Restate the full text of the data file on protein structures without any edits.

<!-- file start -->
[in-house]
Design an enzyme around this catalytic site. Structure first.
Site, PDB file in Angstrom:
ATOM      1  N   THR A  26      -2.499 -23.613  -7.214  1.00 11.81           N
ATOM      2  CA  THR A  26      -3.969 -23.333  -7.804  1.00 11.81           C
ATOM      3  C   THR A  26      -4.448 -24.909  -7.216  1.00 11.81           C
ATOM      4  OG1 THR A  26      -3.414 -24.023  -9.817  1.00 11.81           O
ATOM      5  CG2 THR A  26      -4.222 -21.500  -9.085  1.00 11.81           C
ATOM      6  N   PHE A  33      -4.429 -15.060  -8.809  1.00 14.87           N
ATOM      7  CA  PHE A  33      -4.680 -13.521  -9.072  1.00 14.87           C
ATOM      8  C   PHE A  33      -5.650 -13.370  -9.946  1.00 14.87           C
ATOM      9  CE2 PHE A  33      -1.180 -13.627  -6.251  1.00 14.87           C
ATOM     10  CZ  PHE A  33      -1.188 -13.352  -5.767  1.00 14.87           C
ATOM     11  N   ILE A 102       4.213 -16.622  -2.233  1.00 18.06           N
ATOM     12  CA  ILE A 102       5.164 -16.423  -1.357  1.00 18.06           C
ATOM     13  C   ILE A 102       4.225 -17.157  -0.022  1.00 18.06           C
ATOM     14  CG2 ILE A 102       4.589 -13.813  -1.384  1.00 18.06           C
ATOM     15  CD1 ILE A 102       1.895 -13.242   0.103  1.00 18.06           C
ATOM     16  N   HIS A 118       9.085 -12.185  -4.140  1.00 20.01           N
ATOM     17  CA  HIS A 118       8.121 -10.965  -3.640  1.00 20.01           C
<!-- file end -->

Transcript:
[in-house]
Design an enzyme around this catalytic site. Structure first.
Site, PDB file in Angstrom:
ATOM      1  N   THR A  26      -2.499 -23.613  -7.214  1.00 11.81           N
ATOM      2  CA  THR A  26      -3.969 -23.333  -7.804  1.00 11.81           C
ATOM      3  C   THR A  26      -4.448 -24.909  -7.216  1.00 11.81           C
ATOM      4  OG1 THR A  26      -3.414 -24.023  -9.817  1.00 11.81           O
ATOM      5  CG2 THR A  26      -4.222 -21.500  -9.085  1.00 11.81           C
ATOM      6  N   PHE A  33      -4.429 -15.060  -8.809  1.00 14.87           N
ATOM      7  CA  PHE A  33      -4.680 -13.521  -9.072  1.00 14.87           C
ATOM      8  C   PHE A  33      -5.650 -13.370  -9.946  1.00 14.87           C
ATOM      9  CE2 PHE A  33      -1.180 -13.627  -6.251  1.00 14.87           C
ATOM     10  CZ  PHE A  33      -1.188 -13.352  -5.767  1.00 14.87           C
ATOM     11  N   ILE A 102       4.213 -16.622  -2.233  1.00 18.06           N
ATOM     12  CA  ILE A 102       5.164 -16.423  -1.357  1.00 18.06           C
ATOM     13  C   ILE A 102       4.225 -17.157  -0.022  1.00 18.06           C
ATOM     14  CG2 ILE A 102       4.589 -13.813  -1.384  1.00 18.06           C
ATOM     15  CD1 ILE A 102       1.895 -13.242   0.103  1.00 18.06           C
ATOM     16  N   HIS A 118       9.085 -12.185  -4.140  1.00 20.01           N
ATOM     17  CA  HIS A 118       8.121 -10.965  -3.640  1.00 20.01           C